Majority agree with ban on public prayer: Survey

More than half of Canadians support a ban on prayer in public life, such as council meetings or legislative sessions, as was recently imposed by the Supreme Court of Canada. In a survey of 1,504 Canadian adults, taken after the Supreme Court found official public prayers violate the state’s duty of religious neutrality, three-quarters approved of just starting meetings with no ceremony at all, and a similar proportion approved of a moment of silence.




The least acceptable idea was for rotating specific prayers – Jewish on Monday, for example, Muslim on Tuesday, Christian on Wednesday – which only 30 per cent of people found acceptable.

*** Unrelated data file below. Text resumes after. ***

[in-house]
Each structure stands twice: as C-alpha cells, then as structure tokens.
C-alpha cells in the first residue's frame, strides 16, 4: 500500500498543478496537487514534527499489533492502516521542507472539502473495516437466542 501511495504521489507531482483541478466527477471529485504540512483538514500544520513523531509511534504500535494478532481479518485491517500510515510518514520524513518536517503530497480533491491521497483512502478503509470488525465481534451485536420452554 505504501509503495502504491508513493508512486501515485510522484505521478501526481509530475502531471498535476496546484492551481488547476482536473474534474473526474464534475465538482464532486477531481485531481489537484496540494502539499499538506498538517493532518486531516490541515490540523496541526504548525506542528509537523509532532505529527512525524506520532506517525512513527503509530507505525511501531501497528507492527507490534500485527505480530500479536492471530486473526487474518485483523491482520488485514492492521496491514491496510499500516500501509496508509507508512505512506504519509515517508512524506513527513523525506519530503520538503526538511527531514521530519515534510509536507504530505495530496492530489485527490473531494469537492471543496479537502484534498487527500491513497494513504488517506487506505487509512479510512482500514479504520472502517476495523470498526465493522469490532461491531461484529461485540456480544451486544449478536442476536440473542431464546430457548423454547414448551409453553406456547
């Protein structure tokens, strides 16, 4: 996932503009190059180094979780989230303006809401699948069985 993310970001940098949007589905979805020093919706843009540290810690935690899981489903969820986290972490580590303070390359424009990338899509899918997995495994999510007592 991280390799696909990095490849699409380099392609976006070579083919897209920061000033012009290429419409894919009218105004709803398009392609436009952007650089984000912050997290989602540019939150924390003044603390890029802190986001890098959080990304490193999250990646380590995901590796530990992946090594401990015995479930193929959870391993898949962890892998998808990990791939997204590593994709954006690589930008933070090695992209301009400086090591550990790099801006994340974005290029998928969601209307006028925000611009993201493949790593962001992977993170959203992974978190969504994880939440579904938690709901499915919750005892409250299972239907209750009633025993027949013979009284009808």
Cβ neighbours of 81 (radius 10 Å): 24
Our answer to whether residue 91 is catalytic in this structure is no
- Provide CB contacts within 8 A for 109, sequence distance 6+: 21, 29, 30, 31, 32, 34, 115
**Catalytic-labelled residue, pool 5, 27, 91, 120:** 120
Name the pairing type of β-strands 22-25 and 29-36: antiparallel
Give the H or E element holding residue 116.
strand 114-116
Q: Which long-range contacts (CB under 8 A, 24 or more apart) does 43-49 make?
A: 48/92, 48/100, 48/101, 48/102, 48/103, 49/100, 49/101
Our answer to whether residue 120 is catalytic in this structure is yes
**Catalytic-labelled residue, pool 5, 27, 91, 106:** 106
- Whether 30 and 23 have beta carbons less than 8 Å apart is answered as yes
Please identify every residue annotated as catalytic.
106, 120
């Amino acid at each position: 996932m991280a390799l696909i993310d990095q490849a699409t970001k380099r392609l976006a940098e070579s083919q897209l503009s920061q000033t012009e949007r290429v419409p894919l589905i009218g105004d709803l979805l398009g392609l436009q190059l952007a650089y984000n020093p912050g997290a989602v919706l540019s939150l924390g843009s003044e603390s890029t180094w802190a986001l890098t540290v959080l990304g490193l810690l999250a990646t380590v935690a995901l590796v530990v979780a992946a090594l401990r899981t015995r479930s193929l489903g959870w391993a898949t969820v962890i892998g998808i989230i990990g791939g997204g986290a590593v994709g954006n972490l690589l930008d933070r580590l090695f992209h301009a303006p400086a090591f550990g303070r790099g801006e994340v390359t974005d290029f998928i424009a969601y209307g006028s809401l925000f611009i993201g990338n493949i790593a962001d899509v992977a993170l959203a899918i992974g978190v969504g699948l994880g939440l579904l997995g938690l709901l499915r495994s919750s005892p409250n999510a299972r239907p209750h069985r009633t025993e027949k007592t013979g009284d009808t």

Far more – 52 per cent – approved of a generic prayer to God that did not mention any specific faith. Curiously, two-thirds of Canadians liked the idea of a “quick inspiring pep talk” in place of a prayer.


Categories: Americas, Canada, Religion